Belgium Croix De Guerre (1) London Gazette 21st August 1919 page 10604

Belgium Croix De Guerre (2) London Gazette 4th September 1919 page 11213

Belgium Chevalier Order of The Crown London Gazette 21st August 1919 page 10604

Mentioned in Despatches FM Sir Douglas Haig (France) London Gazette 11th December 1917 page 12920

Meritorious Service Medal awarded Army Order 16 dated 31st January 1935

From The St George’s Gazette dated November 1955 –

Obituary Robert William Benjamin Simms, MC, 80 Wadham Road, North End, Portsmouth.

“Sergeant Major R W B Simms, who’s death took place at Portsmouth on Monday 17th December will be remembered by many old Fifth Fusiliers during the period he was Regimental Sergeant Major of the 3rd Battalion. He was 93 years of age. Simms was transferred from the Royal Marines to the Fifth on promotion to Sergeant Major on 5th June 1900. He joined the 3rd Battalion in Strensall Camp, York, with which he served until April 1906, when he was discharged to pension having served his country for 25 years. Besides being a keen soldier, he was a thorough sportsman, and one of the picked shots of the Army. He represented the Regiment at Bisley, receiving many medals and trophies. One has only to refer to back numbers of the St George’s Gazette to read his history as a marksman. He re-joined the forces on the outbreak of the First World War. Posted to the Hampshire Regiment, eventually receiving a commission in France, during which period he earned the Military Cross and the Croix De Guerre. He eventually reached the rank of Major, and for a while was Assistant Provost Martial…….he leaves a widow”.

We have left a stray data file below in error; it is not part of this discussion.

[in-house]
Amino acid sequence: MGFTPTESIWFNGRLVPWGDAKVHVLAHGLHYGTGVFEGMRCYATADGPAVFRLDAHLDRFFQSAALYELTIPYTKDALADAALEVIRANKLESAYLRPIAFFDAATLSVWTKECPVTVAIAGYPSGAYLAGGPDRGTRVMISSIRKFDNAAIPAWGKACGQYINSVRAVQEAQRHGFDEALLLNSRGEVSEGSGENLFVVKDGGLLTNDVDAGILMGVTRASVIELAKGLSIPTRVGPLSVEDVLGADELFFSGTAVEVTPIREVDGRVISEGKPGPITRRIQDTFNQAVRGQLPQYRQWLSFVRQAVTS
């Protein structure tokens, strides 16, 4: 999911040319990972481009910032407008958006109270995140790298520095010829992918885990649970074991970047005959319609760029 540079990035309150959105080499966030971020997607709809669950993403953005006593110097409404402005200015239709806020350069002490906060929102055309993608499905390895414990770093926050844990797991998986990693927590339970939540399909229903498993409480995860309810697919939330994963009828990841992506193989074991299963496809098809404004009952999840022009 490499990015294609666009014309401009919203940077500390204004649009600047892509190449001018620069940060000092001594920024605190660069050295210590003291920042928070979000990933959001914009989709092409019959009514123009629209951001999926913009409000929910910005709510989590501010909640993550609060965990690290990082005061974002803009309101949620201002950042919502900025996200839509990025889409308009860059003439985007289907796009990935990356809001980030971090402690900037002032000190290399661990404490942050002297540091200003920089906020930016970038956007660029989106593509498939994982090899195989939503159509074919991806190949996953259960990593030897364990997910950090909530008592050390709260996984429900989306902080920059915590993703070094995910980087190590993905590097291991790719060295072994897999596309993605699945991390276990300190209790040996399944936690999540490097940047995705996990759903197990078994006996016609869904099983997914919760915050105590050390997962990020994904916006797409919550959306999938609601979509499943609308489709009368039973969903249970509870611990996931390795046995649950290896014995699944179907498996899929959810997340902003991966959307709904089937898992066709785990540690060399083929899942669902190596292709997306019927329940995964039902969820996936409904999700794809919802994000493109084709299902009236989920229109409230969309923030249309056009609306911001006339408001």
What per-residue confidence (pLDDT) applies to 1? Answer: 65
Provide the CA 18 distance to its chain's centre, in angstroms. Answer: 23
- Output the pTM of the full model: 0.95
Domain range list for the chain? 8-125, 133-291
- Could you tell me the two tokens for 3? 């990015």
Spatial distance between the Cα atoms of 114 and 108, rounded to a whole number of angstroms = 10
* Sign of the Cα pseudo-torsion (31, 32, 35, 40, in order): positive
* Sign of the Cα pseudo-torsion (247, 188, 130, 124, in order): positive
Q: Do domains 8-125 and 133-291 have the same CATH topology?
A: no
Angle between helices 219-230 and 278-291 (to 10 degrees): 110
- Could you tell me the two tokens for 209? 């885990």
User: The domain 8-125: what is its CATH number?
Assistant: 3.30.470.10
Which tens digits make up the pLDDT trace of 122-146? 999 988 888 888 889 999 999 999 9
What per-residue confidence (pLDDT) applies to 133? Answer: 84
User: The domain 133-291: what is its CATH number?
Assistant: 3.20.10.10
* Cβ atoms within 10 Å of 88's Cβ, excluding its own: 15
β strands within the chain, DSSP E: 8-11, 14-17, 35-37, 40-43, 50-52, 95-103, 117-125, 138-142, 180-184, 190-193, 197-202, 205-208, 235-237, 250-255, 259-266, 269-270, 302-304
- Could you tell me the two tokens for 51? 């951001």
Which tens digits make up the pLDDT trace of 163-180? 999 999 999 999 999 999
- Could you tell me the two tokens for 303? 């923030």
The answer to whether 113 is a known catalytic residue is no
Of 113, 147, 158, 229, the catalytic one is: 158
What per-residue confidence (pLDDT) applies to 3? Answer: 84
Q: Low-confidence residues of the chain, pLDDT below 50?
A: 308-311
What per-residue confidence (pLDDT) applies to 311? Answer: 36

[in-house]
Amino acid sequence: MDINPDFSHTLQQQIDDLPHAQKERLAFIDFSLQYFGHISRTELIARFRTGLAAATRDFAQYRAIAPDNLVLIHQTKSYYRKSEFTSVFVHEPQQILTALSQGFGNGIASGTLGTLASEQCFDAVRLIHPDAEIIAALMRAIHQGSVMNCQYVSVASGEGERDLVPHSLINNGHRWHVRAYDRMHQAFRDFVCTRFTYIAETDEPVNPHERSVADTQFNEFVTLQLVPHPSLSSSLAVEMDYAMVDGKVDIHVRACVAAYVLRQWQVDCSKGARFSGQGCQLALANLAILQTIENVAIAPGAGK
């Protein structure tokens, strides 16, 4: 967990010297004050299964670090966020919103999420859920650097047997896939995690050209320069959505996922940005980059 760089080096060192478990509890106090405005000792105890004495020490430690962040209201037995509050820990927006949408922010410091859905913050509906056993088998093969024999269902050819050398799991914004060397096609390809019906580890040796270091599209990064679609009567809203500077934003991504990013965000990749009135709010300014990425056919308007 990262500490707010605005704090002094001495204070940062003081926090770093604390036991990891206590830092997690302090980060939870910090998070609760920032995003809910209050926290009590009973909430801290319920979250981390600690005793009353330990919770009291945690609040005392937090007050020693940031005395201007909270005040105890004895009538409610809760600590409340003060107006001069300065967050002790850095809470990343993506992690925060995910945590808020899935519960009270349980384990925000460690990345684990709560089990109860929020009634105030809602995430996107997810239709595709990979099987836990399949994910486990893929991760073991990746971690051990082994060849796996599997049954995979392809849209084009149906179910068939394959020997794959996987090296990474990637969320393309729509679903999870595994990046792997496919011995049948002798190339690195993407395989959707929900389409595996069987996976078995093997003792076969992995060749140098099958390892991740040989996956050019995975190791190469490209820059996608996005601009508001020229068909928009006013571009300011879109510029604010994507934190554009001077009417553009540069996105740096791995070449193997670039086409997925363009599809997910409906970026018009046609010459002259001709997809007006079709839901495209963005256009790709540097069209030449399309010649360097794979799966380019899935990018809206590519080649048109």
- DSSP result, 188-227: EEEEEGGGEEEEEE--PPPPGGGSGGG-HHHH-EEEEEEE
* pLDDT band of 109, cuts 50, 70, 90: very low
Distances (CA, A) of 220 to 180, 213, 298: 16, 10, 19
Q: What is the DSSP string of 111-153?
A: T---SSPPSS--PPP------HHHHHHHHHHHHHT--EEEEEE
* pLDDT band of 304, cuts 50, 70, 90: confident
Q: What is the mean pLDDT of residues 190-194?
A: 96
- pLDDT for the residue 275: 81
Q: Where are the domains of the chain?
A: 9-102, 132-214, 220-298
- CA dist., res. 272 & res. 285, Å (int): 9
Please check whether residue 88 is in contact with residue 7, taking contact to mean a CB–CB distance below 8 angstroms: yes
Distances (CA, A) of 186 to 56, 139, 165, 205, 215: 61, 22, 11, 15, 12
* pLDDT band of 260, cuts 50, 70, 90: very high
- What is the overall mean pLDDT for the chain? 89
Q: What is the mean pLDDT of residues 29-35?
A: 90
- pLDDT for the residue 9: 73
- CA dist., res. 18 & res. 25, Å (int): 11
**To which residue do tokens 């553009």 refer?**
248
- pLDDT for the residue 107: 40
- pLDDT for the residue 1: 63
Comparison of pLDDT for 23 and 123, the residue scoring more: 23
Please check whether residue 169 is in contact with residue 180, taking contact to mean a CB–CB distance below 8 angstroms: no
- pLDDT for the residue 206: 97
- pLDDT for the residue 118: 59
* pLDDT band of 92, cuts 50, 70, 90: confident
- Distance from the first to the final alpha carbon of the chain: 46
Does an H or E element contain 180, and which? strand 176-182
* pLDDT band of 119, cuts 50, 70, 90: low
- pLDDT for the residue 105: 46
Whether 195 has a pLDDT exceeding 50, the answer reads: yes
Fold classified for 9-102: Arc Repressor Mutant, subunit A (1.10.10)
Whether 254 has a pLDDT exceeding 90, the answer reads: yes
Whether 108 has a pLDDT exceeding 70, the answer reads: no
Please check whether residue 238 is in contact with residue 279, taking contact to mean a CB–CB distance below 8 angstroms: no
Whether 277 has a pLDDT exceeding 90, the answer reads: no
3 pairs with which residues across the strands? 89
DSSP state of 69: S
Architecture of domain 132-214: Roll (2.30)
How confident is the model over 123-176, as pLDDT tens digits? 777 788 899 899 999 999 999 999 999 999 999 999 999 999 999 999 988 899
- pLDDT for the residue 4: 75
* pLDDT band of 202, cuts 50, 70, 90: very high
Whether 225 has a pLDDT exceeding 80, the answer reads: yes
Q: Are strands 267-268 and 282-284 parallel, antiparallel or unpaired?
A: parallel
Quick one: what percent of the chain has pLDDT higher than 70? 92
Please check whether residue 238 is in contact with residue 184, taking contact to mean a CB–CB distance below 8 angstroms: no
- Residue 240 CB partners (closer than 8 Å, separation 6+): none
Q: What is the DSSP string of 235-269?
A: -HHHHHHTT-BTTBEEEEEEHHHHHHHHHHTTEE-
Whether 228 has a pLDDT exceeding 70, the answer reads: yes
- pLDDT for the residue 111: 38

Centre enamel missing on Order of The Crown otherwise

NEF £3,950 Available